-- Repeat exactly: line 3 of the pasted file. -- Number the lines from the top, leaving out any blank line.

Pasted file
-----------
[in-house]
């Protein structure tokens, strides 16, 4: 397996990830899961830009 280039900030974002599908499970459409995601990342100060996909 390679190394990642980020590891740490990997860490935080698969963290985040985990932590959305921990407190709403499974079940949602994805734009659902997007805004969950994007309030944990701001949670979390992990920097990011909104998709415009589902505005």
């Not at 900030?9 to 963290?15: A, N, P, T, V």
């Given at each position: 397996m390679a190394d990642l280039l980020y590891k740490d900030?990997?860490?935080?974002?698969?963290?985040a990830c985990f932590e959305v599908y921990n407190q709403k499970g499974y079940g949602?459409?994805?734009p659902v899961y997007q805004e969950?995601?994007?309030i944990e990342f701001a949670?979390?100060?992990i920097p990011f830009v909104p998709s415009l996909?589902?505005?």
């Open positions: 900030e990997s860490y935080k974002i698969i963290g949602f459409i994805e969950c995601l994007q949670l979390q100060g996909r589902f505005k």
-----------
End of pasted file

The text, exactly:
């Not at 900030?9 to 963290?15: A, N, P, T, V």